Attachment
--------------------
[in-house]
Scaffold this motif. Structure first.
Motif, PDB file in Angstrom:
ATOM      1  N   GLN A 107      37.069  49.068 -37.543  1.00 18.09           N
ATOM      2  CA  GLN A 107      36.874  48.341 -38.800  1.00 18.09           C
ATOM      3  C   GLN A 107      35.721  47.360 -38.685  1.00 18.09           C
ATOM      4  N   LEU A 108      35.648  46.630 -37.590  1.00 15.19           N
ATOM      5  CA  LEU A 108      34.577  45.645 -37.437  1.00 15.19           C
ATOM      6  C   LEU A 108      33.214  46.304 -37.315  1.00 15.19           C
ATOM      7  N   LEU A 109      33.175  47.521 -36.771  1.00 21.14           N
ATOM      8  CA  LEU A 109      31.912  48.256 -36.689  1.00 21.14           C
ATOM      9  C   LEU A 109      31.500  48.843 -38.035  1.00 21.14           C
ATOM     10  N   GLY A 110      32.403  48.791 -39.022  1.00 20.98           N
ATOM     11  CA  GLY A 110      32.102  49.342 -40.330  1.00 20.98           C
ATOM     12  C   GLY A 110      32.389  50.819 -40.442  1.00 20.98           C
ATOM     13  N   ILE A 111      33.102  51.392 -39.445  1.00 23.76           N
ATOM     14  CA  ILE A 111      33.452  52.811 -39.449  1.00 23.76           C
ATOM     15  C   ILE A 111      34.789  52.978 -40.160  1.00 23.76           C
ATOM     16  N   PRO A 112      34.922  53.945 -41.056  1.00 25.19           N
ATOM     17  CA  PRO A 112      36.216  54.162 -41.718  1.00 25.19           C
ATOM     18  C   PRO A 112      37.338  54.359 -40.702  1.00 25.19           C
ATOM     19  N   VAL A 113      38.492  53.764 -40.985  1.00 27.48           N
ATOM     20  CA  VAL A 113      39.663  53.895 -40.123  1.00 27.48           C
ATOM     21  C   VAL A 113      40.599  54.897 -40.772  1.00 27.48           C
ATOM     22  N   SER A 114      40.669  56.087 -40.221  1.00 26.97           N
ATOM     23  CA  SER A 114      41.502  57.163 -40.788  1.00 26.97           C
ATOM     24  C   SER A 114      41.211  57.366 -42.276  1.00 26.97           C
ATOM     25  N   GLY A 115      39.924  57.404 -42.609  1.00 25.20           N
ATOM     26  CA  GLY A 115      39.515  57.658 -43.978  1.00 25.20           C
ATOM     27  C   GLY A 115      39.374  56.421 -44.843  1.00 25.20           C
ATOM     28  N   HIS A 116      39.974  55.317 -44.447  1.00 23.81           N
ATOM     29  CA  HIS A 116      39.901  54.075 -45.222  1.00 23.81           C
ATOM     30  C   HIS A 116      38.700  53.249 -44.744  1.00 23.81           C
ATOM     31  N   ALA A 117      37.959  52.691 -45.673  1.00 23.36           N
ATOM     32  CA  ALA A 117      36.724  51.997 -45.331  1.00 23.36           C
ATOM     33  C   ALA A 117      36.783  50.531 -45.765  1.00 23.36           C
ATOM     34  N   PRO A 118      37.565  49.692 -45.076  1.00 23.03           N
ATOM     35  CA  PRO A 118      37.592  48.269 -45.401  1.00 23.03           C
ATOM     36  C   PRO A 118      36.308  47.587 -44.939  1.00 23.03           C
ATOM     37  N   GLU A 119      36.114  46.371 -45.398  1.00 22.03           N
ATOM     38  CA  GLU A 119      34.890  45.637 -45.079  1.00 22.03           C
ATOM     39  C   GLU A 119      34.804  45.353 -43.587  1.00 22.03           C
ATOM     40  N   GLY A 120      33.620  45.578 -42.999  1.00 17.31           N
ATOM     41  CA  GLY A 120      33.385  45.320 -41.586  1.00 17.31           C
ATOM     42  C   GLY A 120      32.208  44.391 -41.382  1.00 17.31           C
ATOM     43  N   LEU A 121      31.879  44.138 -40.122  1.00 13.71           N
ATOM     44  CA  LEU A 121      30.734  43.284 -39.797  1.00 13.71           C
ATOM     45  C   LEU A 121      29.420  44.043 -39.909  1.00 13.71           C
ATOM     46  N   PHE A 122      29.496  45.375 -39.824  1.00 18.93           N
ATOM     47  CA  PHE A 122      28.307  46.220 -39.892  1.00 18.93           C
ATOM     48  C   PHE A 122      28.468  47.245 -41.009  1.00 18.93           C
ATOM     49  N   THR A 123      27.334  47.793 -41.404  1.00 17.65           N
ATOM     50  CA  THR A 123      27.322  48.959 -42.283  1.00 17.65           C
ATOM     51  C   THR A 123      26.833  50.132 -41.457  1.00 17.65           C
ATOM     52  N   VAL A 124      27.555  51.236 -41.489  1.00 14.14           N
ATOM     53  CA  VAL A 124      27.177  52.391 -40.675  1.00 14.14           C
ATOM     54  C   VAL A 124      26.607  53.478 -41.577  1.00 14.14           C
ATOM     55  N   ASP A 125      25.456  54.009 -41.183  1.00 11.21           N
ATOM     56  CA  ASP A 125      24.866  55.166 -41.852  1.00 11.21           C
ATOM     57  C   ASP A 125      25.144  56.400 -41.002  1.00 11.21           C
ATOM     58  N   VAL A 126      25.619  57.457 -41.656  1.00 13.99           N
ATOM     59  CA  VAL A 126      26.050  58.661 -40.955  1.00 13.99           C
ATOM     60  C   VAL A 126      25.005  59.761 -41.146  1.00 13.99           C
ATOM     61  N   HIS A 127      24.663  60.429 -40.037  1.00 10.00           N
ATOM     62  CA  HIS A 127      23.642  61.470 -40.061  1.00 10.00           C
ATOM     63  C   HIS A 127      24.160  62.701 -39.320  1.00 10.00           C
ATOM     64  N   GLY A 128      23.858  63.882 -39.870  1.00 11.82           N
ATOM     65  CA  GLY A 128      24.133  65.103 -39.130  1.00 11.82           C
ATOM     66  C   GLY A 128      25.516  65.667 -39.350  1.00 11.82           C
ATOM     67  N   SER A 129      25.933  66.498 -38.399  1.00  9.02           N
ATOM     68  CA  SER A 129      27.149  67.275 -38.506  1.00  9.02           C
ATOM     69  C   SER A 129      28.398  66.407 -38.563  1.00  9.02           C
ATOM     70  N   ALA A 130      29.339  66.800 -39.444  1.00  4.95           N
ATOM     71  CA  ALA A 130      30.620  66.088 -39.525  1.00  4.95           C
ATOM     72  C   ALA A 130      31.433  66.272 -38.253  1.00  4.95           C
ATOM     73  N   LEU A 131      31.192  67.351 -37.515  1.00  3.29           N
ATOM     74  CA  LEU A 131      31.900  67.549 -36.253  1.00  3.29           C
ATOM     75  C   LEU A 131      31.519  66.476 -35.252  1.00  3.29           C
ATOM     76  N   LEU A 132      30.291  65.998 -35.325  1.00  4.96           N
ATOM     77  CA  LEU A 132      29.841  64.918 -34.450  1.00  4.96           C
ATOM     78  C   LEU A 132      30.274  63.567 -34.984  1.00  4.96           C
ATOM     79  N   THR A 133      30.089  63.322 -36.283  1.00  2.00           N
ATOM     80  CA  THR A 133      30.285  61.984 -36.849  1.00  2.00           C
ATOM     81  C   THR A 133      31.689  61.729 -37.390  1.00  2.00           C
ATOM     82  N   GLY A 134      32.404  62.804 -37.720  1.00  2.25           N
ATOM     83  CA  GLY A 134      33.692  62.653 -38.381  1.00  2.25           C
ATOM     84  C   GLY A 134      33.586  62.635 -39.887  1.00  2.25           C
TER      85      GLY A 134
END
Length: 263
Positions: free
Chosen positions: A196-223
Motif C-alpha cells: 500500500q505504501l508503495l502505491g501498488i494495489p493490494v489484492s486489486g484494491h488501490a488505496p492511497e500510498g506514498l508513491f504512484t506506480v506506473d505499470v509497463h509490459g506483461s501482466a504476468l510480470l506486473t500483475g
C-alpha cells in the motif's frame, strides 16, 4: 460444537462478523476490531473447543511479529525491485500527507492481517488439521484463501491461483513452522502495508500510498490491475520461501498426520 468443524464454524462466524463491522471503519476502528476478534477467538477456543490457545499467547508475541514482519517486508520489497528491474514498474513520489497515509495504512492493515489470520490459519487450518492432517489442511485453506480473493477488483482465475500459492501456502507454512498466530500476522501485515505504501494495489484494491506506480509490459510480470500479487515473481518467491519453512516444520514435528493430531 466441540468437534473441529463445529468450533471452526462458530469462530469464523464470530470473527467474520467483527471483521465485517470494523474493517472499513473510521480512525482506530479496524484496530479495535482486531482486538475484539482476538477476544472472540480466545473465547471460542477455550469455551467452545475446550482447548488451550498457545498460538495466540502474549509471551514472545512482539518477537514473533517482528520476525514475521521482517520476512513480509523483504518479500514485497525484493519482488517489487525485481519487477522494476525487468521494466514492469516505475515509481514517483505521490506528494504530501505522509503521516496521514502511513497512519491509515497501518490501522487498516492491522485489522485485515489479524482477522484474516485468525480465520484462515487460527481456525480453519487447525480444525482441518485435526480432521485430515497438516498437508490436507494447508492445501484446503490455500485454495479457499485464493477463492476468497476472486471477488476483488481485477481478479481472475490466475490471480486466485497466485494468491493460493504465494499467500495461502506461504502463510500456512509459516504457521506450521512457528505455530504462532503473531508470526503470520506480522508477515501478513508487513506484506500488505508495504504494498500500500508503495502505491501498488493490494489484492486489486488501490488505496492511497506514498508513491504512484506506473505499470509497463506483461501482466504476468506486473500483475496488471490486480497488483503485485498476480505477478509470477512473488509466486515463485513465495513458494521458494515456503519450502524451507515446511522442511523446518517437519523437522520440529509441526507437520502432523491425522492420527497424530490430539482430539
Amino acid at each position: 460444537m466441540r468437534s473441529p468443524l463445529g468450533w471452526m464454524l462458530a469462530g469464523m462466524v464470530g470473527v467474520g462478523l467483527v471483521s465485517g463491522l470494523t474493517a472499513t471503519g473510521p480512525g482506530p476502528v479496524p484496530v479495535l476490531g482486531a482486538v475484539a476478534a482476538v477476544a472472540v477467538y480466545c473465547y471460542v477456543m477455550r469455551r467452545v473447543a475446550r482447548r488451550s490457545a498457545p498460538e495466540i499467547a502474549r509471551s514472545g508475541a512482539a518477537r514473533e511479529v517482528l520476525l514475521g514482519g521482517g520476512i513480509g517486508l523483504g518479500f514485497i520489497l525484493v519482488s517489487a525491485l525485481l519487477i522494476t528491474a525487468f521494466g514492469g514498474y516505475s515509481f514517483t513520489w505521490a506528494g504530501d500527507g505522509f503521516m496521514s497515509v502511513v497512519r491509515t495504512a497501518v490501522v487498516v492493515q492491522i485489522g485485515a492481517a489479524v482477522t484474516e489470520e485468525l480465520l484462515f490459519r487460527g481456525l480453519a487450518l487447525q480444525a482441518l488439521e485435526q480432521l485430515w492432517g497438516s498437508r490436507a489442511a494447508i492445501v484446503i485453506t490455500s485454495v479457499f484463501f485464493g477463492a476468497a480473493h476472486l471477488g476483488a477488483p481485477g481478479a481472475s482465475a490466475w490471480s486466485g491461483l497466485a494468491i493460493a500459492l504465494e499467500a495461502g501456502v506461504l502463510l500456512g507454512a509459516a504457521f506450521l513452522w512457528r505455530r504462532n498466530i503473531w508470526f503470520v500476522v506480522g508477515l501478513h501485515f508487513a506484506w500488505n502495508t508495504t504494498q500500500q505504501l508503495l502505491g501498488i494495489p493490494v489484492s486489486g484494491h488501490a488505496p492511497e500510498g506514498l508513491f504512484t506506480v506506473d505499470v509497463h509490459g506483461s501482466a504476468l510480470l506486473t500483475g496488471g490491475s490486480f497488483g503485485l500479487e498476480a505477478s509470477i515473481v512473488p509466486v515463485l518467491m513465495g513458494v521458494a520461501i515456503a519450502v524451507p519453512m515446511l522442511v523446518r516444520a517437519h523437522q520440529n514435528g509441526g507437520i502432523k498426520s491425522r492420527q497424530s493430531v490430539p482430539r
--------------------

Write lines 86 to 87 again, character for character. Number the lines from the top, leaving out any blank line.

ATOM     83  CA  GLY A 134      33.692  62.653 -38.381  1.00  2.25           C
ATOM     84  C   GLY A 134      33.586  62.635 -39.887  1.00  2.25           C